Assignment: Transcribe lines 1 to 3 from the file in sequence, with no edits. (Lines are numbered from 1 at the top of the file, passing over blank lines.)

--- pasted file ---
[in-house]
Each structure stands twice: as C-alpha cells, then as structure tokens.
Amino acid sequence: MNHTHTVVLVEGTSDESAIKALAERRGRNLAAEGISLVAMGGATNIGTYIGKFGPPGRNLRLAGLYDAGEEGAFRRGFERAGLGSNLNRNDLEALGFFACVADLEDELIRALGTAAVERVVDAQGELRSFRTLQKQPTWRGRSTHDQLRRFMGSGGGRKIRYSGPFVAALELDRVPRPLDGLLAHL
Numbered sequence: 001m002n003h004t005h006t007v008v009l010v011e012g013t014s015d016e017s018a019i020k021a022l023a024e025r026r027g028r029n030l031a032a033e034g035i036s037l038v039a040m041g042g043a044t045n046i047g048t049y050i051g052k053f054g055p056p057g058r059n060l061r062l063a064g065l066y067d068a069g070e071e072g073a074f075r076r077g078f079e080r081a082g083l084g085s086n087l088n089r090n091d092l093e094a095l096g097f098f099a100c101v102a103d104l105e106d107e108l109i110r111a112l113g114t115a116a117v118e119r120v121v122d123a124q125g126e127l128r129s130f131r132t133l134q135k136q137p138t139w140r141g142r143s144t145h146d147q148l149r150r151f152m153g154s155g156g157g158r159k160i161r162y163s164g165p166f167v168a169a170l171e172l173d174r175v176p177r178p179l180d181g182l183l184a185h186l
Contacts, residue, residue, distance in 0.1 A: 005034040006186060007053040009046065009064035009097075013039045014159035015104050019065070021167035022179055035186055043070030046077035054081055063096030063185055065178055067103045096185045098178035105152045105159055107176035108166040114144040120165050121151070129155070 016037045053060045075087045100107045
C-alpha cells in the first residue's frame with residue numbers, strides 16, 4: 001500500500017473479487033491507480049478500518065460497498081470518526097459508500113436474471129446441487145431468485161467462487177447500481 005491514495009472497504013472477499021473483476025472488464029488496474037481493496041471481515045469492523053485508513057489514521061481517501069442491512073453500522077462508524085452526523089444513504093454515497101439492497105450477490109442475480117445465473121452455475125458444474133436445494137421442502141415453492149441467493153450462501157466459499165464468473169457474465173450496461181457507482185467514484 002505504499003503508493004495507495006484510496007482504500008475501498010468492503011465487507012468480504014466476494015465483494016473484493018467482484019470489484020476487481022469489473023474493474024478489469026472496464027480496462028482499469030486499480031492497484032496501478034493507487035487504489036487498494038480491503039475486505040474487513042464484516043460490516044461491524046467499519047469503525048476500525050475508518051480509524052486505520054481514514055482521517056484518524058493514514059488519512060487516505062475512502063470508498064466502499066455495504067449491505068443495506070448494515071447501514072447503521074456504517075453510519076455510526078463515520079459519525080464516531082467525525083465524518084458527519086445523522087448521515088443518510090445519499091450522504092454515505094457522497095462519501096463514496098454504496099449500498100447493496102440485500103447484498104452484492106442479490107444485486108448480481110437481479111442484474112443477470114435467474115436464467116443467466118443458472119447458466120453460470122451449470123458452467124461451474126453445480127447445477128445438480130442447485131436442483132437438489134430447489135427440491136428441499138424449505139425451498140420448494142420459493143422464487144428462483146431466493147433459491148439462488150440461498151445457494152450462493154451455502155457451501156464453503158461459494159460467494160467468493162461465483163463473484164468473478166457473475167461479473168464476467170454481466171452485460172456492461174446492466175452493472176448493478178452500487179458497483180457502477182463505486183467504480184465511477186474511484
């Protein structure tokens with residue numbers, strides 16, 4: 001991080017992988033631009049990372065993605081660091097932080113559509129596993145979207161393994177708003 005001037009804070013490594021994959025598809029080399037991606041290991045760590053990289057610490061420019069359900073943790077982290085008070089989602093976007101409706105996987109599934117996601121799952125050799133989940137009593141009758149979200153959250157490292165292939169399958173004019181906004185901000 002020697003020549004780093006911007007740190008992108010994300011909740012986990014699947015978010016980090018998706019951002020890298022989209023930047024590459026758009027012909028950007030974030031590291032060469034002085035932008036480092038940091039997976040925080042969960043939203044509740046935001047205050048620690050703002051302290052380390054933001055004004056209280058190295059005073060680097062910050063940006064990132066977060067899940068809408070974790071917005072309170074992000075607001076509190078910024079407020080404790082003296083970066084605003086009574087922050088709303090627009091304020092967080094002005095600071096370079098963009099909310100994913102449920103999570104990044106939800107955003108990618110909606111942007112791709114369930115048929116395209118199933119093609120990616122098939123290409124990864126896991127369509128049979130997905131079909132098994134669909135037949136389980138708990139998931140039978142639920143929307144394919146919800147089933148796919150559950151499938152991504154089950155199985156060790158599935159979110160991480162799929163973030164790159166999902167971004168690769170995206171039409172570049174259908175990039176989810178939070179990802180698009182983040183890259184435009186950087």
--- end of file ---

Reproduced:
[in-house]
Each structure stands twice: as C-alpha cells, then as structure tokens.
Amino acid sequence: MNHTHTVVLVEGTSDESAIKALAERRGRNLAAEGISLVAMGGATNIGTYIGKFGPPGRNLRLAGLYDAGEEGAFRRGFERAGLGSNLNRNDLEALGFFACVADLEDELIRALGTAAVERVVDAQGELRSFRTLQKQPTWRGRSTHDQLRRFMGSGGGRKIRYSGPFVAALELDRVPRPLDGLLAHL